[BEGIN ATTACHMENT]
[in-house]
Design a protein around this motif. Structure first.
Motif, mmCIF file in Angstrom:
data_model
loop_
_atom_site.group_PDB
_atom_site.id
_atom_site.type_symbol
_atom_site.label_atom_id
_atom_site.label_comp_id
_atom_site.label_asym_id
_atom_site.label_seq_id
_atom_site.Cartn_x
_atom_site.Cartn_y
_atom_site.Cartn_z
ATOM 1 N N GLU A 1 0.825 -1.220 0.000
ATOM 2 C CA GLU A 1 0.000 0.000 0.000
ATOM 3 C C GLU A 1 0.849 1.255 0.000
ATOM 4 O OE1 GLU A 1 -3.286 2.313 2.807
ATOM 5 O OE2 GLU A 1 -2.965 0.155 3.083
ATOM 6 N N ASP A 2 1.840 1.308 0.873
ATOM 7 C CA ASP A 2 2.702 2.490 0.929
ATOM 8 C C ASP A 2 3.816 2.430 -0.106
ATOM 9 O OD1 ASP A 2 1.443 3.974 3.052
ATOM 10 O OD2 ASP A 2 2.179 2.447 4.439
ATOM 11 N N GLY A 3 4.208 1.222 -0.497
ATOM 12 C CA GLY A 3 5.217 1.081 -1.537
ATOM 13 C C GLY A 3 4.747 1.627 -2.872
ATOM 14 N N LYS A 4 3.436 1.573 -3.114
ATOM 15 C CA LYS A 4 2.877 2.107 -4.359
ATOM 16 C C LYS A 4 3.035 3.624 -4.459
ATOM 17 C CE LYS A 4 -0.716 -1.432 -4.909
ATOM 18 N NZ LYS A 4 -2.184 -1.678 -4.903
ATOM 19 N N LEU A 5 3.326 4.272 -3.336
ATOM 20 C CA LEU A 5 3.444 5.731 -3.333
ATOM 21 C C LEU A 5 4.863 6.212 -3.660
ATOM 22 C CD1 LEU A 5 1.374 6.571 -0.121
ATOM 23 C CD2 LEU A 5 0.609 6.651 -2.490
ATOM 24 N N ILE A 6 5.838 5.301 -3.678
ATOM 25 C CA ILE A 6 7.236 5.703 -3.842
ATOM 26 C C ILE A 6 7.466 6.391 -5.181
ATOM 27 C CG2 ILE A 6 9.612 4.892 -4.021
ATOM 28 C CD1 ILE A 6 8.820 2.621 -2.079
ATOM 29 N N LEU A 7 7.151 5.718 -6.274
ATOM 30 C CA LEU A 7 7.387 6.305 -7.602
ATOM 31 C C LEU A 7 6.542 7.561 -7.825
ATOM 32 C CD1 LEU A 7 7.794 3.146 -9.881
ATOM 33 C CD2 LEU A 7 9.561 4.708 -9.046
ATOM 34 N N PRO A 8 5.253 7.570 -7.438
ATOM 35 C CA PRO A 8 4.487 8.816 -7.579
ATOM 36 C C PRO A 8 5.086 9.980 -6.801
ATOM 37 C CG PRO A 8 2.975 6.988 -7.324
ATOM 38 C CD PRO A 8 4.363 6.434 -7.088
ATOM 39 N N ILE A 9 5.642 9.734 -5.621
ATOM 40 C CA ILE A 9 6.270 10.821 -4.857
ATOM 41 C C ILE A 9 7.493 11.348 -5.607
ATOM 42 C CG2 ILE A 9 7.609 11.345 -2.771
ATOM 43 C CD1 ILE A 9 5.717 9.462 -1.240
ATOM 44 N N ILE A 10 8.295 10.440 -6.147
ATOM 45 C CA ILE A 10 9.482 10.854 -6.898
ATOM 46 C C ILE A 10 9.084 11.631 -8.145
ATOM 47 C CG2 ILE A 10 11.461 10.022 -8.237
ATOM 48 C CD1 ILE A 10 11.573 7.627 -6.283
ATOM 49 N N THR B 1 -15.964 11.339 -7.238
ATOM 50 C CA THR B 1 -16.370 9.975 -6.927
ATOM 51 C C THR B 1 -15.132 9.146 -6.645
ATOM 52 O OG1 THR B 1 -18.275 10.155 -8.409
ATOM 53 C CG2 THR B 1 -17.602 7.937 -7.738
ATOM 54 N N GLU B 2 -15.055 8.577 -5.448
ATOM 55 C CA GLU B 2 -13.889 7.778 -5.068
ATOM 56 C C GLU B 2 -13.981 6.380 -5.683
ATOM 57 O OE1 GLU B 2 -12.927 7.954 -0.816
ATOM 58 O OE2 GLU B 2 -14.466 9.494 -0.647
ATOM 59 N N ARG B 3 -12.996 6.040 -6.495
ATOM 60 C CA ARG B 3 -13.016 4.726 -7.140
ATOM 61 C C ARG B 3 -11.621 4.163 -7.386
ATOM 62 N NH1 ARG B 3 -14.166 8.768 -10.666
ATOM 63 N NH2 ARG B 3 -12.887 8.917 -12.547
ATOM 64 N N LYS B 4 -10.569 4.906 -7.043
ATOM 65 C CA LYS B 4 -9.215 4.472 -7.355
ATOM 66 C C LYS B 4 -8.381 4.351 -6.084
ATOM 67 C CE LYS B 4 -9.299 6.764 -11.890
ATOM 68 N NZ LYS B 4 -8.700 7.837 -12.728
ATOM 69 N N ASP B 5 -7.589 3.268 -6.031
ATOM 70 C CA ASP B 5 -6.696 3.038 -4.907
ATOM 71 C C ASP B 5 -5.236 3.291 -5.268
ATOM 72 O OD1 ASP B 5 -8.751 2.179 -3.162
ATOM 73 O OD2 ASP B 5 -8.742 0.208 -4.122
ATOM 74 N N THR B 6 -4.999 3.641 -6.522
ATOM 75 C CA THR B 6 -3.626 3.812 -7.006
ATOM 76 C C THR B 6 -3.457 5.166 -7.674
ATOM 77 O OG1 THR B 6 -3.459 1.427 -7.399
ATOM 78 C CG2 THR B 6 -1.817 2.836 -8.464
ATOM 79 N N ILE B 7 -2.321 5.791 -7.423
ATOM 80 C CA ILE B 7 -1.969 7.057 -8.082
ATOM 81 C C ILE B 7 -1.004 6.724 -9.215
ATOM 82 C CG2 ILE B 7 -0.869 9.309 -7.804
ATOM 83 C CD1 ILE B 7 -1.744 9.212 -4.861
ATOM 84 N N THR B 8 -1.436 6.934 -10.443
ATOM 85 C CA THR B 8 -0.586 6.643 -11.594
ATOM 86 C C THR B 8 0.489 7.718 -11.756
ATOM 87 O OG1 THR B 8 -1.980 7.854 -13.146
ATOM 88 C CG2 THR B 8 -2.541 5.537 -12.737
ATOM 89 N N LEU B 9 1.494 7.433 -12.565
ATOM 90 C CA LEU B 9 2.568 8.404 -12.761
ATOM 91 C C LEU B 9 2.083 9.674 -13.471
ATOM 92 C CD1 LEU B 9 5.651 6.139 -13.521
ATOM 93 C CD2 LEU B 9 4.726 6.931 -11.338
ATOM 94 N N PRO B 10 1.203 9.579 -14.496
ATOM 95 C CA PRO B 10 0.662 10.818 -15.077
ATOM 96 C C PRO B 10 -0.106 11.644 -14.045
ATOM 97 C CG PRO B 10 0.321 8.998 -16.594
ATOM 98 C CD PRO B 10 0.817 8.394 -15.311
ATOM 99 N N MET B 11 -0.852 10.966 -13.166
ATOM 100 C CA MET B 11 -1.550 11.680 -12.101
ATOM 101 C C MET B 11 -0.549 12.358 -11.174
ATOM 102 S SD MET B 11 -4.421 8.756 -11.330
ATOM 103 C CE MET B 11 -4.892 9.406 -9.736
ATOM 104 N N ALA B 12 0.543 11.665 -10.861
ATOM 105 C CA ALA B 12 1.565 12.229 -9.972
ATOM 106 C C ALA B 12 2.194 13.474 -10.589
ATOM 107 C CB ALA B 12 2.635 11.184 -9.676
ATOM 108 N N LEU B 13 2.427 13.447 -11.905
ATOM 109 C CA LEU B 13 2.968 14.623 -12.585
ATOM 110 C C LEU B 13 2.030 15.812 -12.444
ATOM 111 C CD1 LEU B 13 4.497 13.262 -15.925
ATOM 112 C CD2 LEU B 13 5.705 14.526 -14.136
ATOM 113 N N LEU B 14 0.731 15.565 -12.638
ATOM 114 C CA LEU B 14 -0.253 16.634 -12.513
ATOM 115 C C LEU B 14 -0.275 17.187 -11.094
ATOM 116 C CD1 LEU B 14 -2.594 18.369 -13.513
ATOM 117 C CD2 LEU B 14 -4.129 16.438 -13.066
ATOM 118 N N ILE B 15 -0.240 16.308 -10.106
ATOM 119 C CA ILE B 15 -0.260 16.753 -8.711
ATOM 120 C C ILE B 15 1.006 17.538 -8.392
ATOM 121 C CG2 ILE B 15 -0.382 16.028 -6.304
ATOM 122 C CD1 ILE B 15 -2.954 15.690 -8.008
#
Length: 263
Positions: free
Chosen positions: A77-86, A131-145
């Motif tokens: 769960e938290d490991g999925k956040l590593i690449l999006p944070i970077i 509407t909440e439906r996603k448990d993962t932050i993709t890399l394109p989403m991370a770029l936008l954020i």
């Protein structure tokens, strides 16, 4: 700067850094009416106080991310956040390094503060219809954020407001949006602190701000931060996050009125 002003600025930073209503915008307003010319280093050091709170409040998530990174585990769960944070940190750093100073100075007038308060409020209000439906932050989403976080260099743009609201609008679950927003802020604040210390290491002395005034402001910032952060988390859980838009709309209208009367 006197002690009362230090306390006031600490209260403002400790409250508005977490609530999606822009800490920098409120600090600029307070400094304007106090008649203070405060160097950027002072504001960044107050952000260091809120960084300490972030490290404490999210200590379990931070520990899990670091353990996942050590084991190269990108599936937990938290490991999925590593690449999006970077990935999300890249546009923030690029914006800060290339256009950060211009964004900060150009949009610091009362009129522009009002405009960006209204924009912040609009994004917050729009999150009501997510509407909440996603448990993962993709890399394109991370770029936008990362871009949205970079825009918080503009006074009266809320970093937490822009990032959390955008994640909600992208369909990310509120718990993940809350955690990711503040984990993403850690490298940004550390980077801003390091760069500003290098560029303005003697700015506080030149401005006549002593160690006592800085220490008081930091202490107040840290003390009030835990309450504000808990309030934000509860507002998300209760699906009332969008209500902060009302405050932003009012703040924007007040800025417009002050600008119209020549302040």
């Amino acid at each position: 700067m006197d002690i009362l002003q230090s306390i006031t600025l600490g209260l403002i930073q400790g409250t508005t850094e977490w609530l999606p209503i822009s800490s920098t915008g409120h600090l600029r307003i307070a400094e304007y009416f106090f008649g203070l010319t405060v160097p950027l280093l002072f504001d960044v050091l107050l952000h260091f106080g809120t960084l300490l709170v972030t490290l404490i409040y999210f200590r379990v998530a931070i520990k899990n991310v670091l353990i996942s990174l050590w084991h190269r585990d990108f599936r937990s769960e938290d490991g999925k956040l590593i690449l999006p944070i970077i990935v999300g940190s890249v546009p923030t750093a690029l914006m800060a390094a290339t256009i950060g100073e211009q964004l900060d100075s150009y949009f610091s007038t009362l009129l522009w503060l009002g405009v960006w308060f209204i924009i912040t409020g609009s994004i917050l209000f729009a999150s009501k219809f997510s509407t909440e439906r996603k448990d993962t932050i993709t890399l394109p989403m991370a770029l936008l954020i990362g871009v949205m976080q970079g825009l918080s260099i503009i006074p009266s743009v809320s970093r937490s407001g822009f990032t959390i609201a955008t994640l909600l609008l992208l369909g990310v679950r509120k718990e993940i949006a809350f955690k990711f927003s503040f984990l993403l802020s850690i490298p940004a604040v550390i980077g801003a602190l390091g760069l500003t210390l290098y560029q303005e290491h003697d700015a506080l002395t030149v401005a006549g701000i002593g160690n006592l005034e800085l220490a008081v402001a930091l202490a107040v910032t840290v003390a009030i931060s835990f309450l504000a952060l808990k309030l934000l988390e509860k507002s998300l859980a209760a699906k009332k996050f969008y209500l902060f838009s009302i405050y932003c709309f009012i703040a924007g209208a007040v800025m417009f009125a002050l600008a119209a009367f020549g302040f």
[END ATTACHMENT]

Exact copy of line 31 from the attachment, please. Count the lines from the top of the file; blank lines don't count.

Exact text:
ATOM 16 C C LYS A 4 3.035 3.624 -4.459